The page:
Sources: Rates Data —Bloomberg Markets as of 8/11/14; Equity Market Returns and Fixed Income and Alternatives Data—Wells Fargo Advisers as of 8/11/14
Fund Managers Hold More Cash in August. But What Does That Mean?
Bank of America/ Merrill Lynch recently conducted a survey that looked into what percentage of Fund Managers are currently “overweight” cash in their portfolios. The results show that 27% of respondents consider themselves overweight cash, up from only 12% in July. There are a few interesting takeaways from this article but before we dive in, it’s important to understand what “overweight” cash really means. Consider this, many money managers keep a certain amount of their portfolios in cash to help with trade settlement and client fees. This allows them to draw upon the cash rather than place trades to generate liquidity. So, if a money manager aims to keep say 2% in cash, holding 4% would be considered a large overweight position (a relative increase of 100%.)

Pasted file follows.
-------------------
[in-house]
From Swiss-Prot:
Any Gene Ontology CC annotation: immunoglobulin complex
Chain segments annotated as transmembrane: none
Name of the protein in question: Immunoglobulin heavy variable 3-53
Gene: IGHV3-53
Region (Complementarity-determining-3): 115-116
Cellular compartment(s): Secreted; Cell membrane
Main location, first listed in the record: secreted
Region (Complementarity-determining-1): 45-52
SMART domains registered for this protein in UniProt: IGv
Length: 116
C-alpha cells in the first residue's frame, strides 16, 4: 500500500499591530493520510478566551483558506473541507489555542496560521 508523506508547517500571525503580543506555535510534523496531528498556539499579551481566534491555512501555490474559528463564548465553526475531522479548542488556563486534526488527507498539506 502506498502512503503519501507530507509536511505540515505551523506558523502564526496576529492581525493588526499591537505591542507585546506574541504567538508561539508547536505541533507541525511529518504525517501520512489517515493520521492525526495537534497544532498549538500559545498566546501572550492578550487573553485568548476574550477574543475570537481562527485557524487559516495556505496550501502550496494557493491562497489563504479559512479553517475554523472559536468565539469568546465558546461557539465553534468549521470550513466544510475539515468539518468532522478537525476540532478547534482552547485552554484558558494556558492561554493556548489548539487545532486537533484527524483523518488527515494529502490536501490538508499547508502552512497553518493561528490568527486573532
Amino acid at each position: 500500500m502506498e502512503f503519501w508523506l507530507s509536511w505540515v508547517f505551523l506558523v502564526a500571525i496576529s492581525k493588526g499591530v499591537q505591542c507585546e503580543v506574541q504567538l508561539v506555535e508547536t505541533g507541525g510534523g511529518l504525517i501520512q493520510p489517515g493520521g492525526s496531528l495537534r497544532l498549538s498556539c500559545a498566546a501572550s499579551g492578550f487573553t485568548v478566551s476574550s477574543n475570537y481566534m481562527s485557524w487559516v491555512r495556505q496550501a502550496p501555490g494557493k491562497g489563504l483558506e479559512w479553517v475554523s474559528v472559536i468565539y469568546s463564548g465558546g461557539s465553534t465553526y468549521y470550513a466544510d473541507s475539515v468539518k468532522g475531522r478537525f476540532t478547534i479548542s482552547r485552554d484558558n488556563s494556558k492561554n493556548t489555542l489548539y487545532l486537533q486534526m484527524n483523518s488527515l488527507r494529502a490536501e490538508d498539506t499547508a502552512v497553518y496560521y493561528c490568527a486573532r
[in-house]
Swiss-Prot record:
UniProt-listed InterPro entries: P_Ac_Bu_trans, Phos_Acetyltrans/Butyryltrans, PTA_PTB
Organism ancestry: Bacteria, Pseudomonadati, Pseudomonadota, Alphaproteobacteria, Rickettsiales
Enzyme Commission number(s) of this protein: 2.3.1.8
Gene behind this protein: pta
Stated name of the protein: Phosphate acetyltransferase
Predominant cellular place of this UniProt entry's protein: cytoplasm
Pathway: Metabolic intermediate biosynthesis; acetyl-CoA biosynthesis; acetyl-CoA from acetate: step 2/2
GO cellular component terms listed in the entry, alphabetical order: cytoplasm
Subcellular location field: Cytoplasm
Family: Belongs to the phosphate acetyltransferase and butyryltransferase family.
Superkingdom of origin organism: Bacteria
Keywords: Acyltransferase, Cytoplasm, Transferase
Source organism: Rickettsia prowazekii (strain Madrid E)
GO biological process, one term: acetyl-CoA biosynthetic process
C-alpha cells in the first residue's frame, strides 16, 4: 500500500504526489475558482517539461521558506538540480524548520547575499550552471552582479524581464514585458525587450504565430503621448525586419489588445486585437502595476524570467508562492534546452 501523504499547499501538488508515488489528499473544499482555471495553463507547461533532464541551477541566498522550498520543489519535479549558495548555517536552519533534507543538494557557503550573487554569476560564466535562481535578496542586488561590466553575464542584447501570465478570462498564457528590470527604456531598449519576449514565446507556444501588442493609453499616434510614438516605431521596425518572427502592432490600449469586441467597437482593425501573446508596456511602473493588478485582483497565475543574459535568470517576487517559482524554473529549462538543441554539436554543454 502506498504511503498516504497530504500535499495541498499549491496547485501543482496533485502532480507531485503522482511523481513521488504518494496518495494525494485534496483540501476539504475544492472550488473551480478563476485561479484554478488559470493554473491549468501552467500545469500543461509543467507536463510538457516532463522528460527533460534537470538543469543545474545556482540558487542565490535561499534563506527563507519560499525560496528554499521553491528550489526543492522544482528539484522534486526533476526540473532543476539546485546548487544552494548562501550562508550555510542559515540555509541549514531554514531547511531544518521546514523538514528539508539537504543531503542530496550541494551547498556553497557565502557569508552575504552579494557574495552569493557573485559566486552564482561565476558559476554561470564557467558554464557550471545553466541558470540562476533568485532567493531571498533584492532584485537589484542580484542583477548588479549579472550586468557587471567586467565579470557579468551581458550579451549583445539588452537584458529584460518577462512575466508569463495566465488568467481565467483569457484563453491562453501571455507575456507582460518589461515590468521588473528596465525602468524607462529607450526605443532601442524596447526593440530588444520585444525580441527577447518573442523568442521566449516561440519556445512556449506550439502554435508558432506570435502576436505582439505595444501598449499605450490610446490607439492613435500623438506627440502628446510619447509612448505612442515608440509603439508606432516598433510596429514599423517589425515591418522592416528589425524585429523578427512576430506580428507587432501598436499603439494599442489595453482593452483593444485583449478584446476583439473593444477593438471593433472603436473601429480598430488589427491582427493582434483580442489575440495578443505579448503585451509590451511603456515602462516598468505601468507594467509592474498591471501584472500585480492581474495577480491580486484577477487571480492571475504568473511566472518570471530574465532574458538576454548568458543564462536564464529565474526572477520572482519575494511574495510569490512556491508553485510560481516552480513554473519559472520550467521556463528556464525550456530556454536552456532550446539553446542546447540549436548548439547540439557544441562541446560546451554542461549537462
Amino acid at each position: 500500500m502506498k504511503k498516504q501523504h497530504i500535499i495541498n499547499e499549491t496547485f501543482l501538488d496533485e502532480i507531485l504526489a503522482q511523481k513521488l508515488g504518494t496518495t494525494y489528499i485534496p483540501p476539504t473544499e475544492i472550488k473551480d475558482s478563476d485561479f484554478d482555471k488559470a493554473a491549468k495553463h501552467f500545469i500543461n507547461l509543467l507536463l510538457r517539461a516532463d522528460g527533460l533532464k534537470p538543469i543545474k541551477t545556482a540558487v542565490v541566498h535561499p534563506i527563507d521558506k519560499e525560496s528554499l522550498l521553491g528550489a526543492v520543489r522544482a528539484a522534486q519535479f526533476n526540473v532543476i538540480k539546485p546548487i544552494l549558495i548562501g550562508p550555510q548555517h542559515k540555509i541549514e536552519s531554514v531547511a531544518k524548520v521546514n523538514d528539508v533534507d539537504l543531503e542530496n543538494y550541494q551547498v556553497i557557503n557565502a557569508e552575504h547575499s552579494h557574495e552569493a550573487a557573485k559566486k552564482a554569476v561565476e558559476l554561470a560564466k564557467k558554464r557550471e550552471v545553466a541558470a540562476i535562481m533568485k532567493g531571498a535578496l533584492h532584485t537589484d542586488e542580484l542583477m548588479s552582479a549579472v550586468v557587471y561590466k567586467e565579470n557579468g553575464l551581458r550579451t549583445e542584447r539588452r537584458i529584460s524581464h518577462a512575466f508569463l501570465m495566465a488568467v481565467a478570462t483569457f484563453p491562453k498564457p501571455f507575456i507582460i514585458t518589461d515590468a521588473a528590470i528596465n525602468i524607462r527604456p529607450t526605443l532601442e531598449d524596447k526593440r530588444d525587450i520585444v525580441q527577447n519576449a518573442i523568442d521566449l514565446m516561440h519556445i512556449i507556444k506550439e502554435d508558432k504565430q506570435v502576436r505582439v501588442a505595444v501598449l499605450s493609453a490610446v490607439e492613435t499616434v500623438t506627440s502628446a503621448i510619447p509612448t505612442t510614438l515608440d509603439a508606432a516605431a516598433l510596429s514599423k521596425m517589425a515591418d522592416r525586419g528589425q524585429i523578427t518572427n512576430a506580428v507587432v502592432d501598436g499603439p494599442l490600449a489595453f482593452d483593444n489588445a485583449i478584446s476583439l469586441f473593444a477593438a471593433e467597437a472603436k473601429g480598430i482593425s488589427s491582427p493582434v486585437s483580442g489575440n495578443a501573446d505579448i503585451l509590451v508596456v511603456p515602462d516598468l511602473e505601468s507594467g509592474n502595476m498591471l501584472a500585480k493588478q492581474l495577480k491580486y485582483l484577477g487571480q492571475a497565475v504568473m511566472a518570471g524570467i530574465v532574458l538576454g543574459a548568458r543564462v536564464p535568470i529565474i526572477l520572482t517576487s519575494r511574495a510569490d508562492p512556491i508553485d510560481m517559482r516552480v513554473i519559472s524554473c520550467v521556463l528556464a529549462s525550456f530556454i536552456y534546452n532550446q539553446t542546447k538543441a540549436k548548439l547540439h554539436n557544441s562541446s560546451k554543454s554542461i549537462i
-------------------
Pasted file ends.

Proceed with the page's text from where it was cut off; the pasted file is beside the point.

A few different media outlets have reported on this survey and most of the headlines have been something to the effect of “Pro Investors Hold Most Cash since 2012.” While on the surface this headline is sure to rattle some investors’ confidence, it’s important to take a step back and keep a proper prospective. The actual survey reported that the average cash position is about 5%. While it is true that this is the highest amount since June 2012, it means that 95% of the portfolios may still be invested in equities, bonds, commodities etc. So to say they are “overweight” may be accurate but it certainly doesn’t mean they are moving 100% of their portfolios to cash in an attempt to time the market. (It should also be mentioned that since 2012, the Stock Market, or S&P 500 has increased a cumulative 54%).
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